Former Milwaukee County Supervisor and now state Sen. Chris Larson is running a no-holds-barred campaign to unseat Abele on April 5, and at least some of the board’s supervisors are playing roles in Larson’s effort.
County board chair Theo Lipscomb is part of Larson's campaign, but the challenger's top board ally is former county board chair Marina Dimitrijevic, who stepped down from that position last year after realizing that her new part-time status would reduce her salary from $71,412 to $36,076, when it takes effect on April 18.
Dimitrijevic is now executive director of Wisconsin Working Families Party, which is not a party at all. Its emphasis is on an affiliated dark-money PAC that funds challenges against Democrats who are not considered liberal enough. It’s the left-wing version of the tea party: It works to knock out candidates who don’t pass an ideological litmus test or who negotiate compromises with members of the other party, as Abele has done in his efforts to improve Milwaukee’s relationship with the state’s majority Republican leadership.
Working Families has spewed hundreds of thousands of mostly anonymous dollars into Larson’s effort to defeat Abele. What they say about paybacks is true.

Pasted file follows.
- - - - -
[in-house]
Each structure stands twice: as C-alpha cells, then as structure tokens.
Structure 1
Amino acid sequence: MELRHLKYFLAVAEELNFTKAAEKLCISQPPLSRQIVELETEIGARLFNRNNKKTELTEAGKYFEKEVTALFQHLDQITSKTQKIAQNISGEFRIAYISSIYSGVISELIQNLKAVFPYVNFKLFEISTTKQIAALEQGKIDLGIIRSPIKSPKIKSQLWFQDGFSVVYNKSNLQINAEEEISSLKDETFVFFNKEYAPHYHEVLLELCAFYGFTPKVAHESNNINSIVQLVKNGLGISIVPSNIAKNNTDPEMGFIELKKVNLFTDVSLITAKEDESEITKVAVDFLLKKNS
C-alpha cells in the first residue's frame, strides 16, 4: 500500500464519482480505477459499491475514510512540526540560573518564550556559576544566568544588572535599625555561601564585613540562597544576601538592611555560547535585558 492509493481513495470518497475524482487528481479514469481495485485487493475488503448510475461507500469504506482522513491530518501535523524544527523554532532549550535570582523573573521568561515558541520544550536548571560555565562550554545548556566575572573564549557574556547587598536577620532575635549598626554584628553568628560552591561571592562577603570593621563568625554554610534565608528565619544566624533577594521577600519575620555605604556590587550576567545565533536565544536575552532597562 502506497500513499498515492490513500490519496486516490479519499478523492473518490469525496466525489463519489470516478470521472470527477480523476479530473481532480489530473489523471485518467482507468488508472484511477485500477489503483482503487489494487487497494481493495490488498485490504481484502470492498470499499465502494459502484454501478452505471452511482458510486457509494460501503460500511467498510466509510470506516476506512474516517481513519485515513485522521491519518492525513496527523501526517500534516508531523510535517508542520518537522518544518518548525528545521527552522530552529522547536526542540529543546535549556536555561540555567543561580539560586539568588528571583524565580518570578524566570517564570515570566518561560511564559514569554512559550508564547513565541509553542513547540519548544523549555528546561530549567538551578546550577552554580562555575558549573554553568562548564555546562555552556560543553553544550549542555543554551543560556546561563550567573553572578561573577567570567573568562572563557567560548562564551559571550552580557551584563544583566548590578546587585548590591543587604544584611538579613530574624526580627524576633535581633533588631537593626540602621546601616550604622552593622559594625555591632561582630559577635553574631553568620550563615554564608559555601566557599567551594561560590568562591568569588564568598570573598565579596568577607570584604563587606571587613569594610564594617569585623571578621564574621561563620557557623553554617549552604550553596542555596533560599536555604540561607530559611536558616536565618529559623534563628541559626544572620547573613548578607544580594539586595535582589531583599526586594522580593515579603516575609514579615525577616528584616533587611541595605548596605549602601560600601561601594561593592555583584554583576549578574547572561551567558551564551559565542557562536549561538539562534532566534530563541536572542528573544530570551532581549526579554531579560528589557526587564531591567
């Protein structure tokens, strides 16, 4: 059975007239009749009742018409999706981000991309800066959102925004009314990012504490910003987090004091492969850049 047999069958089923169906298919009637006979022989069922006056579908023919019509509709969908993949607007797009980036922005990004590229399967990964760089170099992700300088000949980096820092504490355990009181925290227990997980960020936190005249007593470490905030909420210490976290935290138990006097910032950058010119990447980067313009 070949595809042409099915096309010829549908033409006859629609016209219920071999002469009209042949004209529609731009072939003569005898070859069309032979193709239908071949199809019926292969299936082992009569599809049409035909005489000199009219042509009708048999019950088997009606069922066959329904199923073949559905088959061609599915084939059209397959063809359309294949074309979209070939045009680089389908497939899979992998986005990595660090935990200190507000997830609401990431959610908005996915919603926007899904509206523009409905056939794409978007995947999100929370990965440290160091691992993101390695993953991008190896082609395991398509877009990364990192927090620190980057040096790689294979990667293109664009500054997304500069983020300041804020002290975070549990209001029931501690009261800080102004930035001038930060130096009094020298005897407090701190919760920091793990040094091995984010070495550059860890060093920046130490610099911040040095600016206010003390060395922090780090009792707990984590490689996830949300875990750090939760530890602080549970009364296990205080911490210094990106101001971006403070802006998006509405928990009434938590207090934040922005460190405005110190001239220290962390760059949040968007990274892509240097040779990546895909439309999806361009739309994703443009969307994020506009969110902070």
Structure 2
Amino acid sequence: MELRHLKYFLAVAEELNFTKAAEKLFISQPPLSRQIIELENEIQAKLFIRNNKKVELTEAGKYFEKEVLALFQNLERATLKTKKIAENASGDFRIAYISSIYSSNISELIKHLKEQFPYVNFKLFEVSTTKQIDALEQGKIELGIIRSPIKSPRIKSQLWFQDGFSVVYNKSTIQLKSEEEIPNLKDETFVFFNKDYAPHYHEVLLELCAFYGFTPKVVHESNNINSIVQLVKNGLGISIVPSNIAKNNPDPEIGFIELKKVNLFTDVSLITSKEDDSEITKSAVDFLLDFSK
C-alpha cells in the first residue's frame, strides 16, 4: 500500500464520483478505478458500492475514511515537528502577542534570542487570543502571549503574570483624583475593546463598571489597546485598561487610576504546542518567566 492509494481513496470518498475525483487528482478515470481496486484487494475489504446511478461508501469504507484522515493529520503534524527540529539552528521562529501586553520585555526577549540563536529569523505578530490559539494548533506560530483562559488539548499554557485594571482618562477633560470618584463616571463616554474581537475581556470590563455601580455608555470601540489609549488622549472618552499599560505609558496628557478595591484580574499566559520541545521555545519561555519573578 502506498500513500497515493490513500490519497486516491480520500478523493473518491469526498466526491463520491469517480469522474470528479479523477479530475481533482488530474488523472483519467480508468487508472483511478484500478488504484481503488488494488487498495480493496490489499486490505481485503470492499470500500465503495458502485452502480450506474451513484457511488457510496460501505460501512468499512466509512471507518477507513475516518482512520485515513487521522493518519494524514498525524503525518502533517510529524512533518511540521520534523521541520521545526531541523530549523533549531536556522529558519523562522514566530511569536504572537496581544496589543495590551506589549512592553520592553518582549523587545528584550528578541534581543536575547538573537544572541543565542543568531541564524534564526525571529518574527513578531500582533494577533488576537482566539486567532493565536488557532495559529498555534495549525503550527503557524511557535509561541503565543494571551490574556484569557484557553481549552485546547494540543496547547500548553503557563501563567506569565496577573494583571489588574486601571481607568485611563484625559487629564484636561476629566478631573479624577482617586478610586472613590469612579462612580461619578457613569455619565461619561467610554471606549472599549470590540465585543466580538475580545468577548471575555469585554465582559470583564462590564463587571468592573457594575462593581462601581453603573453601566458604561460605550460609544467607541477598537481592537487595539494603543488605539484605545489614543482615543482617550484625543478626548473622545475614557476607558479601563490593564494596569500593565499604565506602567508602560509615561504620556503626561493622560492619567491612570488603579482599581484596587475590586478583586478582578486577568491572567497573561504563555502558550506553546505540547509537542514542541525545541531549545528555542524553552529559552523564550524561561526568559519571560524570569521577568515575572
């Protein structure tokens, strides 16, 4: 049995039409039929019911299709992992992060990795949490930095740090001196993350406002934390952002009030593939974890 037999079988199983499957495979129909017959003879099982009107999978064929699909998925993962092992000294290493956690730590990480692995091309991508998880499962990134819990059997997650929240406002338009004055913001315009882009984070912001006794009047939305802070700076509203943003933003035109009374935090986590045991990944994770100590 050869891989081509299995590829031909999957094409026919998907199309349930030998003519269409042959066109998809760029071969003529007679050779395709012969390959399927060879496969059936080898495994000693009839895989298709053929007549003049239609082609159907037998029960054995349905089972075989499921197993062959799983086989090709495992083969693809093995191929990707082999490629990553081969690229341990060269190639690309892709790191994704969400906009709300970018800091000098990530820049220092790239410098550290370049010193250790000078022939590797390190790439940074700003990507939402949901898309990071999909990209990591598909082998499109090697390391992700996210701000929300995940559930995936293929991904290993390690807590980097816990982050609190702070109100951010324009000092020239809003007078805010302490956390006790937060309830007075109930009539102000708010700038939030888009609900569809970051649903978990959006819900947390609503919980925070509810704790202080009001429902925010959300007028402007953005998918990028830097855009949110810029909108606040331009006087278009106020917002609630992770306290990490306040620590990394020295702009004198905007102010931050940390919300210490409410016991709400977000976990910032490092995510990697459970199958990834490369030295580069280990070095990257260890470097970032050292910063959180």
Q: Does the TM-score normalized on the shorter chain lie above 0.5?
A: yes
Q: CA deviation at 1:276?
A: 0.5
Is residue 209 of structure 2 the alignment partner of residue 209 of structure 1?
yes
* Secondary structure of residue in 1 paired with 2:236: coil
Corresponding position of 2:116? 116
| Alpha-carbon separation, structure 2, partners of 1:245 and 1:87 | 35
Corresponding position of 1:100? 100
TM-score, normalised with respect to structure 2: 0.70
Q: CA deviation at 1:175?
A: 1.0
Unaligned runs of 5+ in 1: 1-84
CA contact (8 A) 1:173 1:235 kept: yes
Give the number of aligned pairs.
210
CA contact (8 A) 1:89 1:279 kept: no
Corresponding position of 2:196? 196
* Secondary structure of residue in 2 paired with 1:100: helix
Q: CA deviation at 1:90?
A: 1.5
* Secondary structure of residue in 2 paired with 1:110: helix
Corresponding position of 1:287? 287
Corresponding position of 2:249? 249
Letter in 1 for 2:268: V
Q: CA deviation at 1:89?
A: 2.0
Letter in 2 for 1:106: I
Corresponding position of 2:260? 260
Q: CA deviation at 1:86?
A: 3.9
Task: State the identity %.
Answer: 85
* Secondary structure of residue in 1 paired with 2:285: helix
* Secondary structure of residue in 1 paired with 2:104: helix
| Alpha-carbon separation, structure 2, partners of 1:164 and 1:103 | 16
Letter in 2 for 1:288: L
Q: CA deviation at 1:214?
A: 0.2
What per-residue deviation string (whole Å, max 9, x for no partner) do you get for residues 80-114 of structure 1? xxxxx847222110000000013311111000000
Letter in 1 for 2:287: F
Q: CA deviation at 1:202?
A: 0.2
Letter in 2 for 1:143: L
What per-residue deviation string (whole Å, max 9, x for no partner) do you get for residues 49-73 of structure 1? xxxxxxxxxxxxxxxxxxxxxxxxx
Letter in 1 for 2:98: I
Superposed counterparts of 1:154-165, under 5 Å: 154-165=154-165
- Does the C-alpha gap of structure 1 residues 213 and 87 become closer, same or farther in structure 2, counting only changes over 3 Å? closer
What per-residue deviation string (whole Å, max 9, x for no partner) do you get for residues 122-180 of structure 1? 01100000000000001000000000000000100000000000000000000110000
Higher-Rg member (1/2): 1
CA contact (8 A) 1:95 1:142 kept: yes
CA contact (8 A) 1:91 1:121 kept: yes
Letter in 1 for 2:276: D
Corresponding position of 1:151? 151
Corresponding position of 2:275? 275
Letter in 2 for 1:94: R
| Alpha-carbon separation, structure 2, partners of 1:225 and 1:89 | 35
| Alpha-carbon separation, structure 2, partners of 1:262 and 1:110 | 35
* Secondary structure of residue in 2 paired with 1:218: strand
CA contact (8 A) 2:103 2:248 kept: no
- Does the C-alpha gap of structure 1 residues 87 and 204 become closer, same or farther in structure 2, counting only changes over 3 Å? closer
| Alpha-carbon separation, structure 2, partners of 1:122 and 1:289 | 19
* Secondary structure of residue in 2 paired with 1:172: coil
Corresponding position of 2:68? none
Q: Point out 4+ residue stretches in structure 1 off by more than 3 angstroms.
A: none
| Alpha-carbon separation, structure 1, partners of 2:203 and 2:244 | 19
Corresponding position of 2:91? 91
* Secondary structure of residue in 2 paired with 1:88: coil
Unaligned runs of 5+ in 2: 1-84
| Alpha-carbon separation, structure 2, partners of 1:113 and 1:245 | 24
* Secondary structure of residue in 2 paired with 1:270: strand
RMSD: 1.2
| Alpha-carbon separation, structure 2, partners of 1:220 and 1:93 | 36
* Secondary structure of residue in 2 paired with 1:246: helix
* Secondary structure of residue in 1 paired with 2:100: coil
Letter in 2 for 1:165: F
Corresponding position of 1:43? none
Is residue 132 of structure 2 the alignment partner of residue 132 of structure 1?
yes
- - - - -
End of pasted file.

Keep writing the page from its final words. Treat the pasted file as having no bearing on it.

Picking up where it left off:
On its website, Working Families lists a slate of candidates and vows, “We’re going to work hard to elect these champions for working families into office.”
But only a small handful of those named candidates has received any cash, and one of the group’s recipients, who’s running for school board in Racine, isn’t even listed on the slate. Since January the group has leveled nearly all of its considerable resources against Abele, while all but ignoring everyone else — and completely overlooking right-wing Republicans who face challenges in races where the outcome would make siginicant differences for progressives.
It’s no wonder that insiders see Larson’s race as a grudge match by disgruntled county board members, whose pay dropped from $50,679 to $24,051.
Larson says he’ll restore the county board to its former status and undo what he calls other Abele “power grabs.” But as the Milwaukee Journal Sentinel pointed out in an editorial this morning, he simply doesn’t have the power to do that.
“It would require changing the minds of Republican legislators who control the Assembly and the Senate,” the Journal Sentinel opined. “Larson was in the Legislature when those changes were approved and he could not affect them. How would he change things as county executive?”
Next in Working Families’ sites is state Sen. Lena Taylor, the only Democrat in the Legislature to vote for Act 14. Working Families is said to be lining up support for state Rep. Mandela Barnes in his likely bid to unseat Taylor.
Faced with this sort of political fallout, counties and cities in Wisconsin will likely continue to operate separately, no matter how much combining them would streamline services or benefit taxpayers.
Information included in this story came from Stateline, a news service of The Pew Charitable Trusts.